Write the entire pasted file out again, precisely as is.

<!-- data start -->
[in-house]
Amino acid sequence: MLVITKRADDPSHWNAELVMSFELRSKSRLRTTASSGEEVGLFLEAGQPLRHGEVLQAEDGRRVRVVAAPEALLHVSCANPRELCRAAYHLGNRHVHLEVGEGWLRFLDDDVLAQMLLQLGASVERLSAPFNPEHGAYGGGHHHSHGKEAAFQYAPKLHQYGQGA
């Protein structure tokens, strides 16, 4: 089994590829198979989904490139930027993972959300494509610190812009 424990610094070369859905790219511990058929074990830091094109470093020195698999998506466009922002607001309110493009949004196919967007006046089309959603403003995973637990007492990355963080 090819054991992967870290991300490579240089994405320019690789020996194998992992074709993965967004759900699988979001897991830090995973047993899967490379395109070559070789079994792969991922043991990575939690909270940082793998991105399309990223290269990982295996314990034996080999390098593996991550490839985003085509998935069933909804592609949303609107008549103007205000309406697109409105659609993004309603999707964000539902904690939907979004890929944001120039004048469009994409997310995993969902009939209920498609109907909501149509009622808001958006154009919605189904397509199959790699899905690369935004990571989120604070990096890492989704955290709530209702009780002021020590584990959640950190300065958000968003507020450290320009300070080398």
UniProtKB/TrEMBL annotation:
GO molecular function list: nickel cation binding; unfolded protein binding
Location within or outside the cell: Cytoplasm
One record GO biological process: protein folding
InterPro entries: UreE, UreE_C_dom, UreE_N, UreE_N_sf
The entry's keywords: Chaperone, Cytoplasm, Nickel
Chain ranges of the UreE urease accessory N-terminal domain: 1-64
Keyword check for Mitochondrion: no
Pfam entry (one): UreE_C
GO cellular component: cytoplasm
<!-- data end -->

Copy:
[in-house]
Amino acid sequence: MLVITKRADDPSHWNAELVMSFELRSKSRLRTTASSGEEVGLFLEAGQPLRHGEVLQAEDGRRVRVVAAPEALLHVSCANPRELCRAAYHLGNRHVHLEVGEGWLRFLDDDVLAQMLLQLGASVERLSAPFNPEHGAYGGGHHHSHGKEAAFQYAPKLHQYGQGA
């Protein structure tokens, strides 16, 4: 089994590829198979989904490139930027993972959300494509610190812009 424990610094070369859905790219511990058929074990830091094109470093020195698999998506466009922002607001309110493009949004196919967007006046089309959603403003995973637990007492990355963080 090819054991992967870290991300490579240089994405320019690789020996194998992992074709993965967004759900699988979001897991830090995973047993899967490379395109070559070789079994792969991922043991990575939690909270940082793998991105399309990223290269990982295996314990034996080999390098593996991550490839985003085509998935069933909804592609949303609107008549103007205000309406697109409105659609993004309603999707964000539902904690939907979004890929944001120039004048469009994409997310995993969902009939209920498609109907909501149509009622808001958006154009919605189904397509199959790699899905690369935004990571989120604070990096890492989704955290709530209702009780002021020590584990959640950190300065958000968003507020450290320009300070080398």
UniProtKB/TrEMBL annotation:
GO molecular function list: nickel cation binding; unfolded protein binding
Location within or outside the cell: Cytoplasm
One record GO biological process: protein folding
InterPro entries: UreE, UreE_C_dom, UreE_N, UreE_N_sf
The entry's keywords: Chaperone, Cytoplasm, Nickel
Chain ranges of the UreE urease accessory N-terminal domain: 1-64
Keyword check for Mitochondrion: no
Pfam entry (one): UreE_C
GO cellular component: cytoplasm